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2 Οκτ 2013 (πριν από 4 χρόνια και 11 μέρες)

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Unit 3 Essential Questions

1.

What is DNA? What language is it written in?

DNA is deoxyribonucleic acid which is a long double helix of little patterns of
sugars and phosphates and base pairs (A,G,T,C
) which code for various proteins
to do jobs around the body of the organism. I don’t know if phosphates and
sugars and base pairs are technically a language but that’s what its written in.


2. Why is

it important to know about DNA?

Its important for us as

humans to have a knowledge of DNA so that we can
understand more about ourselves and how our bodies function. In the medical field,
this will be crucial to completely understanding a patient’s risk for certain diseases or
allergic reactions.


3. What does

DNA look like and how does its structure aid in its ability to replicate?

DNA looks like a double helix or a twisty ladder. Its shape allows it to be uncoiled and
used as templates to create new strands of DNA.


4. What techniques are necessary to attain
an uncontaminated DNA sequence that
can be compared to known data genetic bases by a forensic scientist or a
pathologist?

Some techniques to attaining an uncontaminated DNA sample are to use
uncontaminated utensils such as micropipettes or loops. Keeping w
orkstations clean
and keeping the DNA samples exposed to the air for the shortest amount of time also
assists in collect an uncontaminated sample.


5. How are DNA sequences compared to each other?

DNA is compared and analyzed through bioinformatics system
s on computers to test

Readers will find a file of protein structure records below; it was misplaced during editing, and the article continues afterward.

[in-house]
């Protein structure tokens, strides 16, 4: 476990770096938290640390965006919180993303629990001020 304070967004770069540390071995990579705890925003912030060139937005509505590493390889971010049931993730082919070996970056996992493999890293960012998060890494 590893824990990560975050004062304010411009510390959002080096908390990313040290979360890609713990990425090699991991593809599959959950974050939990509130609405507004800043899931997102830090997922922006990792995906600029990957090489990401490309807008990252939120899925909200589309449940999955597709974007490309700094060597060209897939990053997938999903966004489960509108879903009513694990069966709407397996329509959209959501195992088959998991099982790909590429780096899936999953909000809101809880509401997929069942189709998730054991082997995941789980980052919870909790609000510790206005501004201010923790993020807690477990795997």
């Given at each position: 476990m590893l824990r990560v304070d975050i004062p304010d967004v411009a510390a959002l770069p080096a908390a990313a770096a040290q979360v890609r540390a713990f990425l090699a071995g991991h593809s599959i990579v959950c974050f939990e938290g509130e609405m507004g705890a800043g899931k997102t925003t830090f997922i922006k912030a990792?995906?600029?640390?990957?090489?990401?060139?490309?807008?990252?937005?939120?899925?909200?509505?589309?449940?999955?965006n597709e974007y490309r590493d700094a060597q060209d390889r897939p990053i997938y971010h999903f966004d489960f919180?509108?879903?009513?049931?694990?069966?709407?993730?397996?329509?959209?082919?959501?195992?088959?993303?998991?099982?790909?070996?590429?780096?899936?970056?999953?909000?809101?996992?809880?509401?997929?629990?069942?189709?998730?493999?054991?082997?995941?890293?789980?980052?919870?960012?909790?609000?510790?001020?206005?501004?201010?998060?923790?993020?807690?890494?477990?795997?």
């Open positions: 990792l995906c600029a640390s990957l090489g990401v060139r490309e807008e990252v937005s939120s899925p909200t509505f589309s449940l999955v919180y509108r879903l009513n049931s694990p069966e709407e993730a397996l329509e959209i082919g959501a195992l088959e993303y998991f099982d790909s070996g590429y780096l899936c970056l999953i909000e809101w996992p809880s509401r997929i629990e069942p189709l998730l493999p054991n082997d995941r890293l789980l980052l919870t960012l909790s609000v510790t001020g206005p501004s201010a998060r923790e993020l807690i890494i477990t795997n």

for similar patterns between them.


6. Why is bioinformatics the future of biotechnology?

Bioinformatics allows us to compare DNA strands. We could see similarities with
people of certain diseases and figure out how to cure them or a
id in treating them.
Diseases that evolve quickly such as the flu or AIDs could cease to exist because if
we could crack their genetic code we could possibly figure out a way to stop their
functions.


7. What impact has forensics had on solving criminal i
nvestigations?

Forensics has added math and science to the good old “detective smoking in his
leather chair interrogating a suspect”. We are now able to prove where, when, and
how someone died… the why is a different story. But through DNA testing we can
p
rove if someone came into contact with someone else. We can also use finger prints
to
if a suspect had been in that place.


8. What are the limitations of forensics?

Some limitations include that it’s technically never been proven that no two
fingerprint
s are alike. Most of us assume this to be true but not all seven and
something billion people times ten for each finger have compared our fingerprints, so
how would one know? DNA can also now be fabricated, so it is possible to falsely
accuse someone of a
crime even though evidence shows otherwise.


9. What possibilities still exist in the field of forensics?

About 25 years ago we couldn’t use DNA as evidence in a court case. We’ve made
great advances since then and are still moving forward. We could have
a database of
fingerprints or DNA and with the slightest bit of DNA or finger print and BOOP it pops
right up on your screen, the person’s name, date of birth, hair color, favorite breakfast
cereal, anything.